Internet Payments

Secure & Reliable

Your data is encrypted and secure with us.
Godaddyseal image
VeraSafe Security Seal

New Braunfels Herald Zeitung Newspaper Archives

- Page 1

Join us for 7 days to view your results

Enter your details to get started

or Login

What will you discover?

  • 108,666,263 Obituaries
  • 86,129,063 Archives
  • Birth & Marriages
  • Arrests & legal notices
  • And so much more
Issue Date:
Pages Available: 49

Search All United States newspapers

Research your ancestors and family tree, historical events, famous people and so much more!

Browse U.S. Newspaper Archives


Select the state you are looking for from the map or the list below

OCR Text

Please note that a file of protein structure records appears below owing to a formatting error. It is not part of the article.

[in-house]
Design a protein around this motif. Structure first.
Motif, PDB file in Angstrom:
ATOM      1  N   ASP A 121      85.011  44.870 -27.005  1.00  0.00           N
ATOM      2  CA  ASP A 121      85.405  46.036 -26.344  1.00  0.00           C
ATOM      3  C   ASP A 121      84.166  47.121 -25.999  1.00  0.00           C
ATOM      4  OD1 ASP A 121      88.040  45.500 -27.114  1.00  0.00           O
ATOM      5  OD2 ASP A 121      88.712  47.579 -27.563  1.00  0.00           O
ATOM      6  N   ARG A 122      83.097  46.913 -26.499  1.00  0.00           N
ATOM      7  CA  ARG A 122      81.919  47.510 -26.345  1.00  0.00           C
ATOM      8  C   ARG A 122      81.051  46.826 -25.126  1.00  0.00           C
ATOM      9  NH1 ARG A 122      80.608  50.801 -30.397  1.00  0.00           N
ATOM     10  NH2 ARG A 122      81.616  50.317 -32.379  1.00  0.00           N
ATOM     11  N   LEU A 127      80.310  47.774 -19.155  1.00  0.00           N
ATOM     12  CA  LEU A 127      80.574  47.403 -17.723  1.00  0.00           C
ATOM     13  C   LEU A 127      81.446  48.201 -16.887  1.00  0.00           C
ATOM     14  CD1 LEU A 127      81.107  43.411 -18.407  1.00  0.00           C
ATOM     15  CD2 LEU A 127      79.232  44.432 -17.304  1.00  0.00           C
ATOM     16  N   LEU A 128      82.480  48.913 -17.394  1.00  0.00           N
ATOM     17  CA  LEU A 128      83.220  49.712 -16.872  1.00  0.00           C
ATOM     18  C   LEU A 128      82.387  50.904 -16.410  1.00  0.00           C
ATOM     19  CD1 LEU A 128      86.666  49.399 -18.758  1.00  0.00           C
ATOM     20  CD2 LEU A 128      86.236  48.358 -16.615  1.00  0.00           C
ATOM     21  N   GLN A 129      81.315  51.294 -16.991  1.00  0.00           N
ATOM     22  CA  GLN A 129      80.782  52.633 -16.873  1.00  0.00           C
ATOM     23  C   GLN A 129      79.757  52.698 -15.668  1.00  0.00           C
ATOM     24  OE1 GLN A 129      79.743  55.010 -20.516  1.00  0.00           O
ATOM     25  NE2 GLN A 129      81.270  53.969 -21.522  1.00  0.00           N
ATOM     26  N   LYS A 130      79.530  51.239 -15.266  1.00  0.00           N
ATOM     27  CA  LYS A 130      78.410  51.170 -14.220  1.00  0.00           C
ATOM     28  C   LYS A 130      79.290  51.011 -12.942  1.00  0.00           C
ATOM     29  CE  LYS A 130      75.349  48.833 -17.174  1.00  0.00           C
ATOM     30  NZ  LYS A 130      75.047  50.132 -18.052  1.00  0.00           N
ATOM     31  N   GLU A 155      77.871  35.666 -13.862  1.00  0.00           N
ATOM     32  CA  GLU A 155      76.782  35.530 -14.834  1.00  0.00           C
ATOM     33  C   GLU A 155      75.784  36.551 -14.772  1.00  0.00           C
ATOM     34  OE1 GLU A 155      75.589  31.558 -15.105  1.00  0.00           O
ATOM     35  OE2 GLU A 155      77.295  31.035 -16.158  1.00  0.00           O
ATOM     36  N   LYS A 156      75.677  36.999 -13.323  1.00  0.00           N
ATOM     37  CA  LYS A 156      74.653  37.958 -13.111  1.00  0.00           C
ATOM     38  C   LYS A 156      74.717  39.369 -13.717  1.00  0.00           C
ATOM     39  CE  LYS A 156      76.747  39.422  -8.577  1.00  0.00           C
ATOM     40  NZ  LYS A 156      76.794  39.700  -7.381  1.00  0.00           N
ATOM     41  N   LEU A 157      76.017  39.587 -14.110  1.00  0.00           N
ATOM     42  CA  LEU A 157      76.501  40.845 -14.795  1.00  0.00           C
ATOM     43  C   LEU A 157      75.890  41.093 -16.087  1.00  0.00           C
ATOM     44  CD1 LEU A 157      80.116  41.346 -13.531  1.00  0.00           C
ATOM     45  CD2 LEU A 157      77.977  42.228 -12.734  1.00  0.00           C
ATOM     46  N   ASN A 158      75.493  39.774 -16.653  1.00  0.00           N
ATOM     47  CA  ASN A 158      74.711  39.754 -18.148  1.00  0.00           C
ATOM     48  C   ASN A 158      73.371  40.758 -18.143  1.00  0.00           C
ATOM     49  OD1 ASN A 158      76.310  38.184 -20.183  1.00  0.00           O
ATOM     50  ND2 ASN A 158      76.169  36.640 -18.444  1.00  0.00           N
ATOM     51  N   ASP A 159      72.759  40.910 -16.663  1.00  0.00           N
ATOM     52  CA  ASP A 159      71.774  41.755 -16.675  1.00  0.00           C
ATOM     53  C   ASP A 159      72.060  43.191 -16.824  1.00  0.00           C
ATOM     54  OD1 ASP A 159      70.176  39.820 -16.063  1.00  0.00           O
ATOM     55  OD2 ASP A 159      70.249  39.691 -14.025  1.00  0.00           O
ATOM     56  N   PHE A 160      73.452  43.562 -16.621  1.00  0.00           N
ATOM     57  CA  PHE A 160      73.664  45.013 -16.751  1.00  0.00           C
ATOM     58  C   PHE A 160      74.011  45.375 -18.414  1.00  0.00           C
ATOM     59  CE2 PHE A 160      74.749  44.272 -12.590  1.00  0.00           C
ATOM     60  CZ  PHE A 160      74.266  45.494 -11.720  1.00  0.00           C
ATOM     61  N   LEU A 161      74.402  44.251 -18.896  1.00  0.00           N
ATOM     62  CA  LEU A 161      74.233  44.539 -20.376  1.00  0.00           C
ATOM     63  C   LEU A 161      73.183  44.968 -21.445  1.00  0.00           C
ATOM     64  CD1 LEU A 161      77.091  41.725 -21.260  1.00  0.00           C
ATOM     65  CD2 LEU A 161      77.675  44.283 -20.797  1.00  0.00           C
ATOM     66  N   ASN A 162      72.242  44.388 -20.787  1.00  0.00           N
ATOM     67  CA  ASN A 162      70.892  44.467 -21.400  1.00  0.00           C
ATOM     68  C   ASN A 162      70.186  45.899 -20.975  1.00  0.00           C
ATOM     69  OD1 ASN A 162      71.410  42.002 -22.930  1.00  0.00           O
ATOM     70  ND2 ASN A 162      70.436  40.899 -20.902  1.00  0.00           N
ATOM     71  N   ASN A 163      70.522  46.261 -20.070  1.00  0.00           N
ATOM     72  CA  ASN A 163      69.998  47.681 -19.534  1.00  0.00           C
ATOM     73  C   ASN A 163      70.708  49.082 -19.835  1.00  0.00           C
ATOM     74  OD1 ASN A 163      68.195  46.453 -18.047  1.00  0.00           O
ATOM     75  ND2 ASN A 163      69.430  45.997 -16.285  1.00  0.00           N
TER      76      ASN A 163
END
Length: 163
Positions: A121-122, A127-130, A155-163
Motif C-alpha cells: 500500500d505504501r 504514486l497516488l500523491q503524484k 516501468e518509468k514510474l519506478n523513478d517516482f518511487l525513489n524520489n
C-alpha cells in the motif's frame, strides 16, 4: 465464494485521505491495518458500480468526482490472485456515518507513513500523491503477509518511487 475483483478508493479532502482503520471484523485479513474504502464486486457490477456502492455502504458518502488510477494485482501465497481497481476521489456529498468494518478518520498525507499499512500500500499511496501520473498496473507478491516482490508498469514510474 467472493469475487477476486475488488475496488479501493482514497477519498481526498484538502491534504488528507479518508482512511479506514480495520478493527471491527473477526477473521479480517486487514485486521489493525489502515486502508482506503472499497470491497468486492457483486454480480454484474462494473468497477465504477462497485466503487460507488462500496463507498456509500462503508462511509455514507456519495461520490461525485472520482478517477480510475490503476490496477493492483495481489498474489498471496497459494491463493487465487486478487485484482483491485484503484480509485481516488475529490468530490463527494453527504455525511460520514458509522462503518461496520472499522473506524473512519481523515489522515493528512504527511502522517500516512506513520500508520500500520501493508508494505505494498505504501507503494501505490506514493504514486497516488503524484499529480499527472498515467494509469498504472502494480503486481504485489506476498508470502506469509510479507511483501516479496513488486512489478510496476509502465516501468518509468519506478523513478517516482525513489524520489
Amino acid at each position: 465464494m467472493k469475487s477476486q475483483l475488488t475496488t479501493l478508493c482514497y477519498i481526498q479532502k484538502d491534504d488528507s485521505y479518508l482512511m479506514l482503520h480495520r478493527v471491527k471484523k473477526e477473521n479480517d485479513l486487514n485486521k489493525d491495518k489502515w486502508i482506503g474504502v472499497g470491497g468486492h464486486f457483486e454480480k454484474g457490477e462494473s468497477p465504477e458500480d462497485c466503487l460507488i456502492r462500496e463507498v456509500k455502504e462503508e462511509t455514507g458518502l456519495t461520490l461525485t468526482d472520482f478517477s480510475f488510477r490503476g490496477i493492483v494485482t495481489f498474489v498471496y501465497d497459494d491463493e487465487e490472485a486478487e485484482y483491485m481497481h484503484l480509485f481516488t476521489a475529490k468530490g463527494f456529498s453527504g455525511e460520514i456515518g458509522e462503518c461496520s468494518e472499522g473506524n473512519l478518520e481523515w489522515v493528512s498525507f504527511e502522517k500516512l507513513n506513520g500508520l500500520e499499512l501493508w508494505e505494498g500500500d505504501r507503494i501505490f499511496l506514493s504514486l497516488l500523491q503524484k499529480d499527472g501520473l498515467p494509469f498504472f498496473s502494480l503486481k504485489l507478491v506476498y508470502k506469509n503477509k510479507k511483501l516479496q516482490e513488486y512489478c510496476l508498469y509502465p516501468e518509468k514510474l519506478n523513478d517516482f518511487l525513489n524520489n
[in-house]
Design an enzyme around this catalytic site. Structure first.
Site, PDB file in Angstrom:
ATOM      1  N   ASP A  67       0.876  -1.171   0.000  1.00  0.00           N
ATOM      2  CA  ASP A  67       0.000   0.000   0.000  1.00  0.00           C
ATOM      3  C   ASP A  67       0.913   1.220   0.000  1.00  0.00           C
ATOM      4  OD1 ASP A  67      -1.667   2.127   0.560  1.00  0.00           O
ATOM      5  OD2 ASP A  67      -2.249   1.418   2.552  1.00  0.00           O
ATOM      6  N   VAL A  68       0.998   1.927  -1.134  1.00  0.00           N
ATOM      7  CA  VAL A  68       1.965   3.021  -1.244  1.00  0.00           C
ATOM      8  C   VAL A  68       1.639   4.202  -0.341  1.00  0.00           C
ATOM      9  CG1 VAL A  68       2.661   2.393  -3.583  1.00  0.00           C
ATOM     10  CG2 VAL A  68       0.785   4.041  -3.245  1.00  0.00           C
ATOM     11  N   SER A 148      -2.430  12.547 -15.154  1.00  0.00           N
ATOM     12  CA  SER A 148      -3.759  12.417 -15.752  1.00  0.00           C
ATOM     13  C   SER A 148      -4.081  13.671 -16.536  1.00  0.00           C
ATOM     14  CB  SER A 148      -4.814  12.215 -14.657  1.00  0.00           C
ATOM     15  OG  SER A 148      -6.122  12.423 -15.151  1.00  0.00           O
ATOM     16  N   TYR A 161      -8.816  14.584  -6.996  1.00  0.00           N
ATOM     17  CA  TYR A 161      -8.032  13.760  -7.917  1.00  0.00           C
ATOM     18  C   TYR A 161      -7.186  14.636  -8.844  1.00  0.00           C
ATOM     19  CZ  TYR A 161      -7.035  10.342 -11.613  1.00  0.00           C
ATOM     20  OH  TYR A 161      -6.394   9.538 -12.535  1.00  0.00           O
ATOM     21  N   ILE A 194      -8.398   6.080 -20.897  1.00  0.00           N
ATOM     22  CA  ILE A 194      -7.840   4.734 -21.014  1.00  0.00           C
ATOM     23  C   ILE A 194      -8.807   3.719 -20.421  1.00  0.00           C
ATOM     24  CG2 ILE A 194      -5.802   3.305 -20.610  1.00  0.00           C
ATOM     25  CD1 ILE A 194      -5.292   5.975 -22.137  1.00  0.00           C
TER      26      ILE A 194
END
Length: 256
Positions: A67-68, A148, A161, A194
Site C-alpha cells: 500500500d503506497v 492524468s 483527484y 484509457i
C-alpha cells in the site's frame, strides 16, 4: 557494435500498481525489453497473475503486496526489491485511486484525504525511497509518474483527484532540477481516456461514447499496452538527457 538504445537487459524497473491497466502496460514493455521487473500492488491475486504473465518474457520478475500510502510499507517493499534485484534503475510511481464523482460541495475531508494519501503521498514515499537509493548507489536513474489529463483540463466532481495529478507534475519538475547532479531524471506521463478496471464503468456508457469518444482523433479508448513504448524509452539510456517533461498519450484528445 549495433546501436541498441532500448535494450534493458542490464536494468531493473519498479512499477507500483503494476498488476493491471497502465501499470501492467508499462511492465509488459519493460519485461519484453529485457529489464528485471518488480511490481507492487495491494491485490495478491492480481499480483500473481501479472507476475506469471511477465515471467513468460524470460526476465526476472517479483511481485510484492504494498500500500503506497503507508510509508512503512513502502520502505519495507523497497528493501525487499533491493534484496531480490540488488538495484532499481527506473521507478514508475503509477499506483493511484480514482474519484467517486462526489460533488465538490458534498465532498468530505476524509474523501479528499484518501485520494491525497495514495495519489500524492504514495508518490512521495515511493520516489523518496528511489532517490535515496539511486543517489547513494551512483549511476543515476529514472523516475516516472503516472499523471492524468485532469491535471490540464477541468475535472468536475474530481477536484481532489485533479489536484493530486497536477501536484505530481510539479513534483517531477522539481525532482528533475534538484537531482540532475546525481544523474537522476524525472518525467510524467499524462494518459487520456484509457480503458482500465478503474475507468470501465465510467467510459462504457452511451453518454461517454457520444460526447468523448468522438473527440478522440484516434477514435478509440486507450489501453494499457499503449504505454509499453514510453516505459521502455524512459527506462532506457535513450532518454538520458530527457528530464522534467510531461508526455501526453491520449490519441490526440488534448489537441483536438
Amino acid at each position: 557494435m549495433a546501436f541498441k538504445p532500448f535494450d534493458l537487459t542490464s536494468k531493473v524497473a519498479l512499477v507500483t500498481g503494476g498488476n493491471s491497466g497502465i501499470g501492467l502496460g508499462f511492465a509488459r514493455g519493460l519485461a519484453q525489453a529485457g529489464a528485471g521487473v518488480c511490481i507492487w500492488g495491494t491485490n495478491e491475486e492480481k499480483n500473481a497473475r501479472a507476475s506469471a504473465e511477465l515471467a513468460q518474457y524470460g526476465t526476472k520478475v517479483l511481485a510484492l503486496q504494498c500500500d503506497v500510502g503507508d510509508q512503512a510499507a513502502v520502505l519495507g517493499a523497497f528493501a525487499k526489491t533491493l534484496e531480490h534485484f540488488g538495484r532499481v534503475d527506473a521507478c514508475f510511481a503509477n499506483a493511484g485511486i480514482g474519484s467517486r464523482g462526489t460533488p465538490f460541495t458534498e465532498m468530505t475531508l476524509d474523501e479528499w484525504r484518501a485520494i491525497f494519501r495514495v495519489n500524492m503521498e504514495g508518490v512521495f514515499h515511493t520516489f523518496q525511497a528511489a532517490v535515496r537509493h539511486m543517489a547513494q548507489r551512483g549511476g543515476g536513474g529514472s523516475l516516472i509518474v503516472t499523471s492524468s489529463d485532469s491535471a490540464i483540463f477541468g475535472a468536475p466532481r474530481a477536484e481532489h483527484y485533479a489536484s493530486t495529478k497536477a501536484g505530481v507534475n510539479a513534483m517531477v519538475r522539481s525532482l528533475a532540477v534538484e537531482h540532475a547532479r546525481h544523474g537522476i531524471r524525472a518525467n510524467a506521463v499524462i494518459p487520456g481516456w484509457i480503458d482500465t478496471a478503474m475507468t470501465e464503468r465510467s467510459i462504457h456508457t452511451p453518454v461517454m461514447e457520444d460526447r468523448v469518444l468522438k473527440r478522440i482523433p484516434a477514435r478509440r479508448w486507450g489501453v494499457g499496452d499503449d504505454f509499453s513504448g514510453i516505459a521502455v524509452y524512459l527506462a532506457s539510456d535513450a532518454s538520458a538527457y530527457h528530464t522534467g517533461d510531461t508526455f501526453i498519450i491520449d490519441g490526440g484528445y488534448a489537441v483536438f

New Braunfels Herald Zeitung (Newspaper) - September 1, 1982, New Braunfels, Texas Former midwife, husband killed in auto accident By DEBBIE TURNER Staff writer Lina Chapa Delgado, a well-known New Braunfels midwife who helped deliver over 1,600 babies, and her husband Claudio were killed in a one-car accident Tuesday night on U.S. Highway 57, 2.3 miles west of La Pryor, in Zavala County. Witnesses said Mrs. Delgado was pulled from the wreckage alive, but died 15 minutes later. She managed to tell witnesses the car had had a blowout. Mr. Delgado, driving the 1974 Oldsmobile, was pinned inside the car, and had to be cut out of the wreckage. Both were pronounced dead at the accident scene by La Pryor Peace Justice Rosa Quijano. Department of Public Safety Trooper Manuel Espinosa said Wednesday the Delgado vehicle, which had a blowout on its left front tire, left the road approaching the Turkey Creek Relief bridge. The car hit the guard rail on the outside several times, then skidded onto the bridge railing and flipped. It fell 14 feet top-first, hitting the creek bottom with enough force to crush the top of the car flush with the car’s body, and then skidded another 40 feet before coming to a stop. Mrs. Delgado was a midwife for 40 years, from 1931 to 1971, when she retired. During that time, she estimated she had helped bring over 1,600 babies into the world. She delivered four sets of twins during her 40 years, and the 1951 First Baby of the Year (Josefa Rodriguez». For every baby Mrs. Delgado delivered, she saw to it that baby received a birth certificate — even if See DELGADO, Page 16A ii ic rop lex , Inc. -•*tt : Hitch wCmtie r.O. Dox 45436 Comp, National joins Victoria holding company wmm Lina Chapa Delgado After nearly one year of negotiations, it’s official — New Braunfels National Bank is a member of Victoria Bankshares Inc. Victoria Bankshares, headquartered in Victoria. is a $717,373,000 bank holding compny. Formal ceremonies officially announcing the merger were attended Monday by T.L Walker, bank president and Herbert R. Schneider, chairman of the board of directors. Dennis O’Connor, chairman of the board and P.K. Stubblefield, president of Victoria Bankshares Inc., were also on hand. New Braunfels National bank, designed to serve the growing economic community of the Comal County area of the Texas Crossroads, was founded in 1975. On June 30, 1982 the local bank listed assets of $33,551,000 and deposits of $30,339,000. Victoria Bankshares, which over the years has added five banks and three financial service companies to its family, began operations in April, 1974 with six member banks. The merger of Victoria Bankshares and New Braunfels National will increase the local bank’s capacity to serve the New Braunfels area, Schneider said. “Since our bank and Victoria Bankshares share similar interests and objectives, we felt the merger with them will enhance our moving forward,” he added. In welcoming the new bank, Stubblefield said, “We are extremely impressed with the progress this bank has made since its beginning in 1975, and we are delighted to include it in our banking family.” In conjunction with the New Braunfels National Bank-Victoria Bankshares merger, it was also announced at Monday’s ceremony that Victoria’s merger with Hays County National Bank in San Marcos has been completed. Victoria Bankshares now consists of ll bank members and three financial .service companies, all located in the Texas Crossroads area. Merger See BANK, Page 16A JBL New •AWfL Braunfels New Braunfels, Texas Herald-ZeitunQ i ai m#-, 1-71    44    Pages    —4 Sections Vol. 91 No. 171 WEDNESDAY September 1, 1982 2S cents (USPS 377-880) WARSAW, Poland < AP) Police dodging bricks and firebombs fired on a crowd of demonstrators in the town of Lubin Tuesday, killing two and wounding 12 in the most violent incident marking the second anniversary of Solidarity, the official PAP news agency said today. In Warsaw, mourners fashioned a cross of spent tear gas cannisters today and placed a red banner with a black stripe and a piece of paper above it reading: “To the memory of those killed in Lubin August 31 ” Thousands of Poles responded to the calls of their underground leaders Tuesday and staged demonstrations in a least a dozen cities in a massive show of support for the suspended union. PAP said 600 pet pie were arrested in Warsaw during the protests, 645 in Wroclaw and IOO in Szczecin. Western diplomats said Polish officials told them between 65,000 and 75,000 people took part in the protests, and that 136 policemen were hurt. No overall figure on civilian injuries was available. Meanwhile, the wife of interned Solidarity leader Lech Walesa said after visiting him that lie “was not of the opinion to turn out iii the streets and fight. But the workers know that the law is not respected < by the authorities i and workers should fight with the appropriate measures.” She did not specify which measures would be appropriate. Mrs. Walesa spoke to a reporter in Gdansk. The report by PAP was the first announcement of fatalities in demonstrations in at least a dozen cities Tuesday. They were the first deaths caused by clashes between police and protesters since the early days of martial law last December. PAP said three of the 12 wounded in Lubin were hurt seriously. Eleven police officers and one volunteer police reservist were also reported hurt. “Investigations so far show that firearms were used because of the aggressive behavior of the crowd, who were attacking the (government) forces with gasoline bombs, stones and bricks," Warsaw radio said in a report monitored in London Lubin was not mentioned in earlier reports about the rioting that erupted in at least 12 Polish cities on Tuesday. It is a copper-mining town of 67,000 people, where few incidents of unrest have been reported previously. Authorities responded to Tuesday’s deaths by imposing an 8 p.m. to 5 a rn. curfew on the town’s youths and an ll p.m. to 5 curfew on adults. Similar curfews were reimposed in Wroclaw, Dzierzoniow, Bielawa. Klodzko and Swidnica, official sources said. Warsaw- radio, meanwhile, said police had arrested a “terrorist group” planning “political murders" in Katowice, southwest Poland’s coal capital where protests were also reported Tuesday. “In the apartment of one of the group’s members...police found methodical instructions on killing people w ith specially devised bullets," the radio said. The radio said the group planned to execute officials in public, sabotage state facilities and provoke demonstrations and riots by Solidarity members who failed to accept their conspiracy. Chief Appraiser Glenn Bracks (standing) and his appraisal district staff prepare appraisal forms for mailing Appraisal district mails tax notices Staff photo by Dr Biti Snead By DYANNE ERY Staff writer Forty-eight thousand appraisal notices hit the mail Tuesday, ending one phase of the Comal County Appraisal District’s work. Approximately 17,000 notices went out Aug. 18 to property owners in the New Braunfels Independent School District. This week’s mailing takes care of the rest of Comal County, plus outlying areas of the Comal Independent School District. Property ow ners who get their notices this week will have until Sept. 20 to file a notice of protest with the Appraisal Review Board. No one will be heard who has not filed for an appointment. The board will start hearings Sept. 7 for the notices mailed two weeks ago. “We have around 40 appointments so far," said district appraiser Pat Fox Out of 17,000 notices, that’s not many. But there are still a lot of confused taxpayers out there The office is getting between 300 and 400 phone calls a day. said Fox. Many are from people who apparently still don’t understand what the appraisal district is all about. It was created two years ago by a new state law, and its sole purpose is to determine market value for every piece of commercial, industrial, residential and agricultural property in Comal County. “All property bas been looked at,” Fox said. “Some has experienc ed a very small increase, because it was appraised close to market value already." That category includes mostly business, industry and some residential properties north of Canyon Lake. Most homes went up 50 to IOO percent. Fox said. And “there was suing property, especially bare land, that hasn’t been looked at in some time." A drastic increase in value does not necessary mean taxes will go up drastically. The appraisal district doesn’t collect taxes, and it doesn t set tax rates. It really lias no idea what next year’s rates will be. despite the estimated “tax amount" printed above the red arrow on every notice form. We’re required by law to make that estimate," said Fox. It’s based on the best information the district could get. Tax rates will be readjusted by individual governments 1 the Comal County Commissioners Court, the New Braunfels City Council, the Comal Independent School District board of trustees, and so on i as soon as those bodies get final tax rolls from the appraisal district. “The basis for filing a protest is if they (taxpayers! felt like the value we placed on their property is more than they could possibly sell it for," Fox said That's what it conies down to. Or if they feel it's valued inequitably with similar properties." Protests may be filed at district headquarters, 130 W. Mill. Propers owners who received notices in mid-August still have until Sept 7 to file for a hearing. Bond issue due NBISD eyes price tag for school plans By JACQUELINE SMITH Staff writer While New Braunfels Independent School District officials are busy getting this school year off the ground, district architects are busy planning for future years and possibly a new school. But it will take a bond issue to make the plans a reality, Supt. O.E. Hendricks said. And Hendricks predicted a bond election would be called this year. Jessen Associates Inc., the Austin architectural firm hired by the district earlier this summer, is currently reviewing plans recommended by the district’s long-range planning committee. “They’ve looked at all the (district’s) facilities," Hendricks said. “They’re working on scale drawings (of all the schools) and are looking at the long-range planning committee’s recommendations.” Hendricks expects the architects will appear before the school board as early as next week to update trustees on their progress and to receive further advisement. At this point Hendricks said he did not have any idea how big a bond issue it would take to make the long-range planning committee’s recommendations a reality. But he did predict that such a bond issue would be held later this year, sometime between mid-November and Christmas. The main portion of the bond issue would probably go toward the construction of a new elementary school to be located .somewhere southeast of IU 35. In doing its study, the district’s long-range planning committee predicted that w ithin the next decade NBISD’s student population will grow as much as 50 percent. This much of an increase would require a new elementary school, the committee proposed. In addition, however, the committee recommended that a fine arts facility be built on the Middle School campus, thus clearing out classrooms now used for fine arts related classes. As for New Braunfels High Sc hool, the committee had a list of 14 suggestions which ranged from the recommendation that more classrooms be constructed to the building of a new vocational building. The committee also recommended that a new office be obtained for the district’s administration, either by way of constructing a new- building or by renovating the old high school on West Mill Street. The last time the district held a bond issue was in the spring of 1977, when voters agreed to only one of four propositions. “Proposition 2," which the voters approved by only 20 votes, called for renovation of c urrent schools. Propositions I, 3 and 4, which called for new construction, air conditioning of the sc hools and the construction of a new administrative office, were turned down.InsideToday's Weather Comal County forecast calls for partly cloudy today, with late night and morning cloudiness, becoming partly cloudy and hot Thursday with a 20 percent chance of afternoon thundershowers. Winds will be southerly at 5-10 mph today, shifting to the southeast tonight Sunset w ill be at 7:53 p.m., and sunrise Thursday will be at 7:09 sweep Comal County volleyball teams went 3-0 Tuesday night, as New Braunfels defeated Incarnate Word, Canyon bested Randolph and Smithson Valley blasted Austin Westlake. Details in Sports CLASSIFIED....................9    FIB COMICS........................13A CROSSWORD....................13A DEAR ABBY.......................3B ENTERTAINMENT............ 14    15A FEATURES......................1    8C HOROSCOPE......................2A KALEIDOSCOPE................ 1    8B OPINIONS.........................4A OUTDOORS.................... 1    8D SPORTS..................... 10    12A STOCKS ...................... 16A TV LISTINGS.....................13A WEATHER.......................3A Comal motorists to pay more for auto insurance From staff and wire reports Drivers in Midland, Fetor. Scurry and Howard counties will be hit hardest, while the $262 million auto insurance rate increase granted by the State Board of Insurance w ill mean a $34 annual increase for Comal County motorists. The paekage approved Tuesday in a 3-0 board vote means an average statewide increase of 14 8 percent. The specific increases will vary according to type of coverage and location. A $64 increase highest in the state was approved for basic coverage for a 1982 low-priced Ford, Chevrolet or Plymouth iii Fetor, Midland, Scurry and Howard counties. Chambers County drivers will be the only Texans facing no increase on basic coverage when the new rates take effect on Nov. I. A Comal County motorist over 25 years of age, driving a low-priced 1982 model car to work, now pays $310 for: basic liability, $5,000 personal injury protection, $50 deductible comprehensive arid $200 deductible collision. With the approved increase, rates for the same car will go up to $344 — an ll percent increase. W hile that percentage is higher than many counties, the dollar increase is on the low side in compar I son. The $262 million increase upset David Irons, attorney for tile Texas Automobile Insurance Service Office, w hich wanted a $584 million hike, or 33.2 percent. “I’m dismayed," Irons said. “I think the profit allowed in this ratemaking is grossly inadequate." Board members Bill Daves, Durwood Manford and Lyndon Olson decided to go with the 14.8 percent package calculated by the board staff, instead of the 17.3 percent increase proposed at an Aug. 12 hearing. Staff actuary Gaylon Daniel said the recommendation was dropped to 14.8 percent w hen updated figures were plugged into the complex formula used to determine rates. Irons said it would be up to tile approximately 400 companies that write auto insurance in Texas to decide if there will be a court See INSURANCE, Page ICA Two protesters slain in Poland ;